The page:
Sunday, July 8, 2018

When God Speaks

July 8, 2018: 14th Sunday of Ordinary Time
Ezekiel 2:2–5 / Psalm 123 / 2 Corinthians 12:7–10 / Mark 6:1–6a
When God Speaks

God has been speaking throughout eternity. John opens his Gospel: In the beginning was the Word, and the Word was with God, and the Word was God. Scripture begins with Genesis saying that God spoke all that exists into being; at the core of creation are the words, And God said…. 

God’s speech has continued coming into the world since the beginning of creation. The Psalmist affirms (19:1–4):
The heavens are telling the glory of God;
and the firmament proclaims his handiwork.
Day to day pours forth speech,
and night to night declares knowledge.
There is no speech, nor are there words;
their voice is not heard;
yet their voice goes out through all the earth,
and their words to the end of the world.

God also speaks specifically in special and explicit ways through people he chooses and inspires. The writer to the Hebrews starts his letter saying, In many and various ways God spoke of old to our fathers by the prophets (1:1). Then the letter gives the culminating point that is the basis of our Christian Faith: in these last days he has spoken to us by a Son, whom he appointed the heir of all things, through whom also he created the world. He reflects the glory of God and bears the very stamp of his nature (1:2–3a). This is why Jesus told Philip, He who has seen me has seen the Father (John 14:9).

Today’s readings give us some insight into how and why God speaks. This is important because, since God is always speaking into our world––and to each one of us, we need to know what to listen for and how to understand what God is saying. One big clue is in the closing book of Scripture. Jesus says, Behold, I stand at the door and knock; if any one hears my voice and opens the door, I will come in to him and eat with him, and he with me (Revelation 3:20). God speaks to us so we can know him and love him and have an ongoing relationship with him!

Sometimes God says hard things. He says things we do not want to hear. He says things that we cannot understand if we are not open to what he is wanting to do. God sent Ezekiel to speak to people who had rejected him. Even though Israel had the special graces of God’s redemption and revelation, they rebelled and closed their hearts, choosing to do what seemed more pleasurable than obeying God. In spite of that––in spite of rebellion and disobedience and some awful sins–– God still speaks to them. This is to let us know that our sin is not bigger than God’s Father-heart. God always longs for us to truly know him and live under his blessings.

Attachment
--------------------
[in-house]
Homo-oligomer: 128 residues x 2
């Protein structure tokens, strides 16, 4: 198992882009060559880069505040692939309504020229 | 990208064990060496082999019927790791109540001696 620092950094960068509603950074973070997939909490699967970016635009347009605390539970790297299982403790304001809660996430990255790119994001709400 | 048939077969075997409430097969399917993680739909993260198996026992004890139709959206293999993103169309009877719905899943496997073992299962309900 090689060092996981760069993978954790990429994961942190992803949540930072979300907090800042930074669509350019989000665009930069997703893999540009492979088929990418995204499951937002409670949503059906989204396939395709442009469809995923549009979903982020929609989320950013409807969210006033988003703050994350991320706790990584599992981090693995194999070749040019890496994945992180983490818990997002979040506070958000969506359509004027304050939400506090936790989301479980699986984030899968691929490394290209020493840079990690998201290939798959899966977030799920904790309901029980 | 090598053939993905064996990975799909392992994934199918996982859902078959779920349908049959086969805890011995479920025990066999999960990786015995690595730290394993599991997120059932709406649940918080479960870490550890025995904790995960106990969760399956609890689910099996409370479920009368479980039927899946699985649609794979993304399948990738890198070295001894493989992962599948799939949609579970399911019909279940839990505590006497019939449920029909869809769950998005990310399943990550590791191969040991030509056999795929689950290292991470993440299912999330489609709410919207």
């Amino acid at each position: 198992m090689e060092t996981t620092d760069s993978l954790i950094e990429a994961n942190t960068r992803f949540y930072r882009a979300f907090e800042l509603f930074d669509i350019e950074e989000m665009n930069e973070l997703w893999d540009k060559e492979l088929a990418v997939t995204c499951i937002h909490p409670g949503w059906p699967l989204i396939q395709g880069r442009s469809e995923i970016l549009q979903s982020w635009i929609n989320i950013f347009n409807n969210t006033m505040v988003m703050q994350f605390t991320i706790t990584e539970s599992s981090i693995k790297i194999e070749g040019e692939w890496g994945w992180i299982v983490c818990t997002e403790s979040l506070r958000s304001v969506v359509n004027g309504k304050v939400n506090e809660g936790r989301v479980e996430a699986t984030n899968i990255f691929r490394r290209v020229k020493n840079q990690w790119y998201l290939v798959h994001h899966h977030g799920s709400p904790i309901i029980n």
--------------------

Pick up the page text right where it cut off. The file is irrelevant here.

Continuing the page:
God spoke another way through St Paul. This time the focus is on the messenger rather than the recipients. Yet it still a hard word from a human point of view. Israel, as the recipient of Ezekiel’s words, was being rebuked for her sins; Paul, as the messenger of God’s words, was struggling with what he called a thorn in the flesh. We aren’t sure what this was, but it was something so hard and so discouraging to Paul that he confesses he asked the Lord three times to remove it from his life. All three times the prayer of St Paul, the spiritual giant, was rejected.

Why does our loving Father not take a hard thing away when we humbly, and yet in the strong name of Jesus, ask him for relief? Paul says it was so he could understand something deeper––something that only comes through weakness and suffering. God says, My grace is sufficient for you, for my power is made perfect in weakness.

One of the most dangerous times in our spiritual lives is when things are going so well that we think we’re doing pretty good by ourselves. Paul understood that God had given him a hard thing to keep me from being too elated. When God speaks through people, it important that it is clear it is God who speaking and working, and not the self-promotion of the human messenger. So even with St Paul, the Lord chose to speak through a “wounded servant.”

This should not surprise us (but it seems to do so––continually) because God spoke his ultimate Truth through his Suffering Servant Son. We see this in today’s Gospel. After being out in ministry in neighboring towns, Jesus went back home. He was ridiculed and rejected. As I said earlier, the Lord says things that we cannot understand if we are not open to what he is wanting to do.

The rejection of Jesus in his home town was a preview of what was to come. His final rejection was the cross, and as he hung there the onlookers ridiculed his seeming helplessness. Yet God was “speaking” the ultimate Word. It was the full expression of Life through the Son’s death on the cross! This is our Faith! And it is wonderful…. but it is not easy.

God is speaking today.

To people addicted to their sins, God is saying “you know this is wrong; please let me come in.” 

To people who feel crushed with weakness and pain and stress, God is saying, My grace is sufficient for you, for my power is made perfect in weakness.

To all of us, God is saying that being open to Jesus––having faith in Jesus––is wisdom and life and eternal salvation.

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